• Ralph's chart is good because it shows you the effects of diffraction (coloured lines), also combined with (I assume) typical lens limitations for each format, though I don't know what lenses he tested with.

Anyway, the point is that the size of your diffraction circles of confusion on the film is constant with respect to f-stop, independent[1] of the lens' focal length. The reason is that the ANGLE the light diffracts at is a function of the aperture's absolute size but with longer lenses, the light has further to travel between aperture and film. Say you use f/8 at 50mm for a 6.25mm aperture, the light diverges at some angle theta for 50mm, resulting in a circle of confusion diameter of x50=theta*50. Say you shoot the next frame at 200mm f/8; the aperture is now 25mm. The light diverges at an angle of 0.25*theta (because the aperture is 4x larger) but travels 200mm (4x as far), so you get x200 = (0.25 * theta) * 200 = x50.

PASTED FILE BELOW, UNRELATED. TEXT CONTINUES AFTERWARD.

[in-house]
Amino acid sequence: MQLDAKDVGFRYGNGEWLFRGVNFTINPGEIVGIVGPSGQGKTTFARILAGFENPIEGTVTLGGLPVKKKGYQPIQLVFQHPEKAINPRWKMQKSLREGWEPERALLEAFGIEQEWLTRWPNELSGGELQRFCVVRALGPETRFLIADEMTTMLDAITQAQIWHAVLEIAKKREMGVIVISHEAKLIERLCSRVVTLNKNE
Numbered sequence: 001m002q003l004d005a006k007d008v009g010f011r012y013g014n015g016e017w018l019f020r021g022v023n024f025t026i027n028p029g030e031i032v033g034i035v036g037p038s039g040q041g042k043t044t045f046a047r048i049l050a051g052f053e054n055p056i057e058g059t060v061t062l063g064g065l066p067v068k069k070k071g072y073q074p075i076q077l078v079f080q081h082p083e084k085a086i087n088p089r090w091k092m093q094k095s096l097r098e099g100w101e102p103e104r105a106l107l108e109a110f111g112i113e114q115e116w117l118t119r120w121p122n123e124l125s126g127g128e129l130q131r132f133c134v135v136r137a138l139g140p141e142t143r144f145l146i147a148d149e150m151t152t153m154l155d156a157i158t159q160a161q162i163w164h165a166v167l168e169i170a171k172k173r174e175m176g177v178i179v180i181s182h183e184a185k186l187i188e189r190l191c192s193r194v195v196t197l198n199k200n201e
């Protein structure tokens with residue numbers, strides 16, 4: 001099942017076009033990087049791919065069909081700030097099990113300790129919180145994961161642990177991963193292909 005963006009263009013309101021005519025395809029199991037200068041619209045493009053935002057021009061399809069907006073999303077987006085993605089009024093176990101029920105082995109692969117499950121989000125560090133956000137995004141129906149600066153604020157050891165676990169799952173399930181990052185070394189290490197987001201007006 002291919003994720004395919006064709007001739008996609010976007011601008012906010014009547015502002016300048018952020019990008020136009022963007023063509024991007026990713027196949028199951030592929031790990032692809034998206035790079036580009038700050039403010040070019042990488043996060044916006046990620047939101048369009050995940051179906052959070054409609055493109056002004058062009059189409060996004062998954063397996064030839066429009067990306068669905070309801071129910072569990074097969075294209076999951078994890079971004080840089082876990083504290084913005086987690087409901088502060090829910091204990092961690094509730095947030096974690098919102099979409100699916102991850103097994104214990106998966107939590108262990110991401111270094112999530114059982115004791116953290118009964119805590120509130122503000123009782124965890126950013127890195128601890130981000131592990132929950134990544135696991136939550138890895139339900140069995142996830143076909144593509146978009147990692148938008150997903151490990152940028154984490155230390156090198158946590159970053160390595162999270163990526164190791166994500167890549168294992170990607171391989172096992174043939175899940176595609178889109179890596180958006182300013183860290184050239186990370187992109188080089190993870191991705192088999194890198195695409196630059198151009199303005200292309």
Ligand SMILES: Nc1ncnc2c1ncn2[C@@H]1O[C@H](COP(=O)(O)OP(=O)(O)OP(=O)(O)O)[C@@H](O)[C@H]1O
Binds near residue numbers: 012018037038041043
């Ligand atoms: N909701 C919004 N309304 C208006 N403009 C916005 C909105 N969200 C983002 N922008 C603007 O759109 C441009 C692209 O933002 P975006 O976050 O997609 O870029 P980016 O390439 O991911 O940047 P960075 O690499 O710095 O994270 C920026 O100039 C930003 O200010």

jp498: no, that is not correct. Yes there is always diffraction, but it actually spreads out as you squeeze the aperture - think of a spray nozzle on a hose as you squeeze the handle. It's not like there's a core of undiffracted light plus the diffracted light, one of which is changing in quantity. There is a just a single blur of light (gaussian distribution) and it changes size with aperture.

[1] to within the small-angle approximation of sinx = x and making both thin-lens and unity-pupil-magnification assumptions.